I’ve written before about my boys’ speech issues, and about their speech therapy “homework,” and about how well it fits into our evening routine.
They are trying really hard at speech. P has corrected a few of his significant errors and is a lot easier to understand now. G is working hard at it and has corrected one or two of his most prevalent errors. They have speech therapy on two consecutive days each week, and they usually bring home one worksheet each day.
That’s one worksheet each, of course… To all of you with higher order multiples, I have no idea how you do it, and you have my unflagging admiration.
Anyway. The boys’ speech homework looks like this:
Each boy has about 3 minutes of attention for these worksheets. I know it says they can draw a picture, but they want to write. After about 3 minutes, they get depressed and tired, and I have to give them a pep talk to get them motivated again. They work for about a minute, then get very excited and animated and jump on the furniture telling me stories. Then I try to get them to focus again, we work for another minute… and it repeats. And I do this with each boy separately, while the other boy fights with his sisters unsupervised, because it works better that way.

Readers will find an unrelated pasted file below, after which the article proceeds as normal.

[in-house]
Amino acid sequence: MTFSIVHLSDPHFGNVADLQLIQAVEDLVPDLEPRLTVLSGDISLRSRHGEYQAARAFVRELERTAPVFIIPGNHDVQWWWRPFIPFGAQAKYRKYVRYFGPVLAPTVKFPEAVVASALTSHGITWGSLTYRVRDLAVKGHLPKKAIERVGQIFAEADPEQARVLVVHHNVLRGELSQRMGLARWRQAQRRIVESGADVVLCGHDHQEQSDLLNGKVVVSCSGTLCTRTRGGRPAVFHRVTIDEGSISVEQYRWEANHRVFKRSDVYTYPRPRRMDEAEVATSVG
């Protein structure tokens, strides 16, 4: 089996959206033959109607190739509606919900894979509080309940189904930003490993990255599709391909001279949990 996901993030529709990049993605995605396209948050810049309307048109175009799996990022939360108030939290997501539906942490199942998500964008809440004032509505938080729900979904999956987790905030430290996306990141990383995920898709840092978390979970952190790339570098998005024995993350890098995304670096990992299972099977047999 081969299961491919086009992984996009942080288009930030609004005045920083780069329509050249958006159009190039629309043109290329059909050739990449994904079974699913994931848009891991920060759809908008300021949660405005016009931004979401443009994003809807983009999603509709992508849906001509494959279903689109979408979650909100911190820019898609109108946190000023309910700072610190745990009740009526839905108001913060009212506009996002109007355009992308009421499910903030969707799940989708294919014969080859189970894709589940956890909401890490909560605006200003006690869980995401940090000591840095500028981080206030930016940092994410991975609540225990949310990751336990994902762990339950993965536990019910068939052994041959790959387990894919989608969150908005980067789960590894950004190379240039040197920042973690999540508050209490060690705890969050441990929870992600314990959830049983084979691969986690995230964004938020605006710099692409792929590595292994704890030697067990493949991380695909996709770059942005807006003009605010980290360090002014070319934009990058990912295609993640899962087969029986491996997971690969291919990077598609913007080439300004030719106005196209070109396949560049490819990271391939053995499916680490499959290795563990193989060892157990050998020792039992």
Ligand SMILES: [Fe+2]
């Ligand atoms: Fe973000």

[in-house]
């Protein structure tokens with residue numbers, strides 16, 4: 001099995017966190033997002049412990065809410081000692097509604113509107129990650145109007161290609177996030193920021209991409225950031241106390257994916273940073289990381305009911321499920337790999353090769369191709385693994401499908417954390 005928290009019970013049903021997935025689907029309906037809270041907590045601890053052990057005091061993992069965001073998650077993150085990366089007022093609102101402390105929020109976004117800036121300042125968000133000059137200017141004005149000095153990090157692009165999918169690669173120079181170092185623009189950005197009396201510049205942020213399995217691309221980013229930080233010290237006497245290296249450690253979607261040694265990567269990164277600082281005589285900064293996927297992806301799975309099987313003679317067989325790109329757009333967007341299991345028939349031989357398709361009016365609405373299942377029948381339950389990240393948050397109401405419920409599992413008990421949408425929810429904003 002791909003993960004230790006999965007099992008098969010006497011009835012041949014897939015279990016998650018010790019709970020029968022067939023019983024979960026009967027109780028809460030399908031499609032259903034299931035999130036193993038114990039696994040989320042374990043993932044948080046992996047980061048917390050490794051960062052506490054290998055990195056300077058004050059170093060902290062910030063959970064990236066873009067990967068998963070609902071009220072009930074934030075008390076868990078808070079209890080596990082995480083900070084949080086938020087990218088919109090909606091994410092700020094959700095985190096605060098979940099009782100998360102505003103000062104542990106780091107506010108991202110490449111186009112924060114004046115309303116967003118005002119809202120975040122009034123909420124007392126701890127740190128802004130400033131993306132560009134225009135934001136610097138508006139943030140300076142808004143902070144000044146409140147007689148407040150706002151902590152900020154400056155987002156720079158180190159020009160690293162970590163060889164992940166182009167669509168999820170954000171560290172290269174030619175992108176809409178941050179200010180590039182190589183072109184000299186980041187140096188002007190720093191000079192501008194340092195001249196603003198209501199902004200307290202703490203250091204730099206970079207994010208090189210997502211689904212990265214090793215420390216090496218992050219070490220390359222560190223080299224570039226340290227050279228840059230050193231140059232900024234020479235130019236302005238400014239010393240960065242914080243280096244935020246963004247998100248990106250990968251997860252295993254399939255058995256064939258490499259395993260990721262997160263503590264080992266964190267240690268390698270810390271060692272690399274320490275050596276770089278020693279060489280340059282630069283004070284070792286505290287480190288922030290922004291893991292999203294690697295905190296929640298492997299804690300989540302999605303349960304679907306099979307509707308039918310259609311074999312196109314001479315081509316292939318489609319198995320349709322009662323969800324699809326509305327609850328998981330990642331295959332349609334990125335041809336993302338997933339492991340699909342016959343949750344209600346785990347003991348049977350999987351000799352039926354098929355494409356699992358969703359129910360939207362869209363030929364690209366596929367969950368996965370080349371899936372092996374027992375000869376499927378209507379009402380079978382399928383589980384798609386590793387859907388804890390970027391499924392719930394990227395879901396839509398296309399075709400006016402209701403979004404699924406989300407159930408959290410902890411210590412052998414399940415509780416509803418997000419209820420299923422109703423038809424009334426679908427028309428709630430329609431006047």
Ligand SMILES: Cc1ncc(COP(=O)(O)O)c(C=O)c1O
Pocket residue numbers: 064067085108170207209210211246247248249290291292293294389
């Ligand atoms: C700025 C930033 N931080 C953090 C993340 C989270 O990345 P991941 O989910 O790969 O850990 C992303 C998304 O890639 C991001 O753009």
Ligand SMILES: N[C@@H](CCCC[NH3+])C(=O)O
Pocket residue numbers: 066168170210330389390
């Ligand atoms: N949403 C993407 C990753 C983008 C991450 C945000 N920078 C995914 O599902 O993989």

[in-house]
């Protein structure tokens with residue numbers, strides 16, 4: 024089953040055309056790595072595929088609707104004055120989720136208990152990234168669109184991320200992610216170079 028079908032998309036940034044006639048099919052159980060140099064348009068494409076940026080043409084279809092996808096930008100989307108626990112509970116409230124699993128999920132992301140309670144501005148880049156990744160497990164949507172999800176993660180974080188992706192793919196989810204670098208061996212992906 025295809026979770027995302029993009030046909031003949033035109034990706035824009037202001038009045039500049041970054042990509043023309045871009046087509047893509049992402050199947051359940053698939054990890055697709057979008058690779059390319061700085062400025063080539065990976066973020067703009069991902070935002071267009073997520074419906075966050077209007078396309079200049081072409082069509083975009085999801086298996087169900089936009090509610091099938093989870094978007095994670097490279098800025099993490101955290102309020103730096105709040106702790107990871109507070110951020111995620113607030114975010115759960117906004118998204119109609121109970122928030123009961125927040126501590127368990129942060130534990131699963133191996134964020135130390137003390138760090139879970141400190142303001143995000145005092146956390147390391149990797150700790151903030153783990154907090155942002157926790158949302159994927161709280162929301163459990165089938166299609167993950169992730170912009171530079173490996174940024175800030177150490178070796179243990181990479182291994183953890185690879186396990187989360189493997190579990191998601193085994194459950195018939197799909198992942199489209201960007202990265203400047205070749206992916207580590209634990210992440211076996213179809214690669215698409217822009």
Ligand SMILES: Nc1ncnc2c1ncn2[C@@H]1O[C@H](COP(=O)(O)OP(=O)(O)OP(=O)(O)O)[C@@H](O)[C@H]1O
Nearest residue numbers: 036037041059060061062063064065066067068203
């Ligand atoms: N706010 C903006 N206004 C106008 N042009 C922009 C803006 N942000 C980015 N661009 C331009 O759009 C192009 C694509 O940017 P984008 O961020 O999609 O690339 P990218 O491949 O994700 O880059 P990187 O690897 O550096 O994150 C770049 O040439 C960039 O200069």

Today, G got halfway through his worksheet and confessed that last week in class, they’d been talking about words that start with “Y.” G raised his hand and said, “Yellow.” But because the boys had been saying their Ls as Ys ["yeh-yoh"] G now is easily confused about what “Y” sounds he should correct to “L.” He said it wrong, his teacher tried to correct him, he said it wrong again, she tried to correct him again… he told me he kept trying to say it right but he just couldn’t, and finally his teacher said, “No, no, NO!”
His eyes were teary and he was choked up telling me about this. I can’t imagine how embarrassing it was for him to be corrected like that in front of his whole class — I’m still impressed that he volunteered to participate in the first place. His teacher is fantastic, and I sure couldn’t do her job. I know this was just a moment of frustration at the end of a long week, but my heart broke for my little guy, who is trying really really hard.
Jen is a work-from-home mom of 6-year-old twin boys, and two girls ages 4 and 8. She also blogs at Diagnosis: Urine, where she whines a lot about being a de facto single parent during the brutal homework, dinner, and bedtime circles of hell.